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In honor of the Hutter Prize, what are the top algorithms (and a quick description of each) for text compression?

Note: The intent of this question is to get a description of compression algorithms, not of compression programs.

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I saw once an (mock) article proposing a lossy compression of text, with excellent performance (in size!)... Was funny. –  PhiLho Oct 25 '08 at 14:18
    
@PhiLho heh, that's essentially what Summly did :) theregister.co.uk/2013/03/25/yahoo_buys_summly –  therefromhere May 4 '13 at 21:38
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up vote 11 down vote accepted

The boundary-pushing compressors combine algorithms for insane results. Common algorithms include:

  • The Burrows-Wheeler Transform and here - shuffle characters (or other bit blocks) with a predictable algorithm to increase repeated blocks which makes the source easier to compress. Decompression occurs as normal and the result is un-shuffled with the reverse transform. Note: BWT alone doesn't actually compress anything. It just makes the source easier to compress.
  • Prediction by Partial Matching (PPM) - an evolution of arithmetic coding where the prediction model(context) is created by crunching statistics about the source versus using static probabilities. Even though its roots are in arithmetic coding, the result can be represented with Huffman encoding or a dictionary as well as arithmetic coding.
  • Context Mixing - Arithmetic coding uses a static context for prediction, PPM dynamically chooses a single context, Context Mixing uses many contexts and weighs their results. PAQ uses context mixing. Here's a high-level overview.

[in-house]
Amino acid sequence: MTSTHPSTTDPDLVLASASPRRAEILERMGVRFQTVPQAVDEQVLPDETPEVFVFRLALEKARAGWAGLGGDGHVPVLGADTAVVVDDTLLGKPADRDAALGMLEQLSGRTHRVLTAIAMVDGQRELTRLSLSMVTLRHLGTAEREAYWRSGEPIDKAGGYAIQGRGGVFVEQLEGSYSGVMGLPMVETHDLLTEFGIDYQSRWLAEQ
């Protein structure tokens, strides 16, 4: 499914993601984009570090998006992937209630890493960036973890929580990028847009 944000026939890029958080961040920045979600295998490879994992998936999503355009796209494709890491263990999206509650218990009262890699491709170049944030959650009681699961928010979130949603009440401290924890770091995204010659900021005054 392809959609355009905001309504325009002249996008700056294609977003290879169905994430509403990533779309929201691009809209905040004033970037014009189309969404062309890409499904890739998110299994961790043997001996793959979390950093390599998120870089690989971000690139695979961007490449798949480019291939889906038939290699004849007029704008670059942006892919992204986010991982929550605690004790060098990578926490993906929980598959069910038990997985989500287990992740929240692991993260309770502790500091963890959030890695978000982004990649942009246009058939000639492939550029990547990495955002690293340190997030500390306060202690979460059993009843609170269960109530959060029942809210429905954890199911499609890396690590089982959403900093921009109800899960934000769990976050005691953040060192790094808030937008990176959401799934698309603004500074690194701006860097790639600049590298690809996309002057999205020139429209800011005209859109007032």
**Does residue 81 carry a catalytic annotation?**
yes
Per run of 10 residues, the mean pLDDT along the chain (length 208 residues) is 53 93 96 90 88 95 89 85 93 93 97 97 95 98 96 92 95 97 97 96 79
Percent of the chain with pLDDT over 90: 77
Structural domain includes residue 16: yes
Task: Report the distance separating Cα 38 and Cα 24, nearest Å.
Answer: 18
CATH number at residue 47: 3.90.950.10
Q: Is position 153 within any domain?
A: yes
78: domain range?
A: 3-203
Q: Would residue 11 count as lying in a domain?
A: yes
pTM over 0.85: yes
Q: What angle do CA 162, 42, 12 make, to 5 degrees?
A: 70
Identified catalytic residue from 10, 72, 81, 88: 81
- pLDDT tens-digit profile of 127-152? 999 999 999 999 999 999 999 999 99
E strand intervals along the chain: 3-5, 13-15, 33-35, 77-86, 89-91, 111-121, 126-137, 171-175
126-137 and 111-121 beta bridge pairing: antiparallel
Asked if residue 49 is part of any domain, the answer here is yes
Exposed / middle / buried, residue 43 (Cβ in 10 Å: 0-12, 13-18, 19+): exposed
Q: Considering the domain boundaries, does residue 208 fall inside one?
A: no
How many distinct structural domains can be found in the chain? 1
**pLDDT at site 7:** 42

• Dynamic Markov Compression - related to PPM but uses bit-level contexts versus byte or longer.
  • In addition, the Hutter prize contestants may replace common text with small-byte entries from external dictionaries and differentiate upper and lower case text with a special symbol versus using two distinct entries. That's why they're so good at compressing text (especially ASCII text) and not as valuable for general compression.

Maximum Compression is a pretty cool text and general compression benchmark site. Matt Mahoney publishes another benchmark. Mahoney's may be of particular interest because it lists the primary algorithm used per entry.

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There's always lzip.

All kidding aside:

  • Where compatibility is a concern, PKZIP (DEFLATE algorithm) still wins.
  • bzip2 is the best compromise between being enjoying a relatively broad install base and a rather good compression ratio, but requires a separate archiver.
  • 7-Zip (LZMA algorithm) compresses very well and is available for under the LGPL. Few operating systems ship with built-in support, however.
  • rzip is a variant of bzip2 that in my opinion deserves more attention. It could be particularly interesting for huge log files that need long-term archiving. It also requires a separate archiver.
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These come no where near PAQ and several other text-only compression algorithms (en.wikipedia.org/wiki/PAQ) –  Brian R. Bondy Oct 25 '08 at 14:47
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